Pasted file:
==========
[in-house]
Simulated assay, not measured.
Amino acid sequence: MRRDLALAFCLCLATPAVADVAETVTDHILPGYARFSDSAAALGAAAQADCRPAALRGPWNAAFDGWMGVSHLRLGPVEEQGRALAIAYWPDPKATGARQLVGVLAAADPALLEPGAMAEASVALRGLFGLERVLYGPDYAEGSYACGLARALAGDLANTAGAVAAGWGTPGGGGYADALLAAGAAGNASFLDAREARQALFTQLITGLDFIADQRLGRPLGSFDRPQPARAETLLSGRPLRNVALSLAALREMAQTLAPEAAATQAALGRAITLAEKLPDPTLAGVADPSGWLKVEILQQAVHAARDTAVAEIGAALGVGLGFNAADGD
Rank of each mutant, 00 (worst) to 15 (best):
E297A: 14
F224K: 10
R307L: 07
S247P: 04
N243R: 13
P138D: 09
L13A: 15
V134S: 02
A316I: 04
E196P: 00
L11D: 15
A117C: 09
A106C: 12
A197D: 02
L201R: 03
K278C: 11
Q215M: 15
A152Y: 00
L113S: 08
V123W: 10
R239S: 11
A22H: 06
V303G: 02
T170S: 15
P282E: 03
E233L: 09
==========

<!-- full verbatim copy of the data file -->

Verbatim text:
[in-house]
Simulated assay, not measured.
Amino acid sequence: MRRDLALAFCLCLATPAVADVAETVTDHILPGYARFSDSAAALGAAAQADCRPAALRGPWNAAFDGWMGVSHLRLGPVEEQGRALAIAYWPDPKATGARQLVGVLAAADPALLEPGAMAEASVALRGLFGLERVLYGPDYAEGSYACGLARALAGDLANTAGAVAAGWGTPGGGGYADALLAAGAAGNASFLDAREARQALFTQLITGLDFIADQRLGRPLGSFDRPQPARAETLLSGRPLRNVALSLAALREMAQTLAPEAAATQAALGRAITLAEKLPDPTLAGVADPSGWLKVEILQQAVHAARDTAVAEIGAALGVGLGFNAADGD
Rank of each mutant, 00 (worst) to 15 (best):
E297A: 14
F224K: 10
R307L: 07
S247P: 04
N243R: 13
P138D: 09
L13A: 15
V134S: 02
A316I: 04
E196P: 00
L11D: 15
A117C: 09
A106C: 12
A197D: 02
L201R: 03
K278C: 11
Q215M: 15
A152Y: 00
L113S: 08
V123W: 10
R239S: 11
A22H: 06
V303G: 02
T170S: 15
P282E: 03
E233L: 09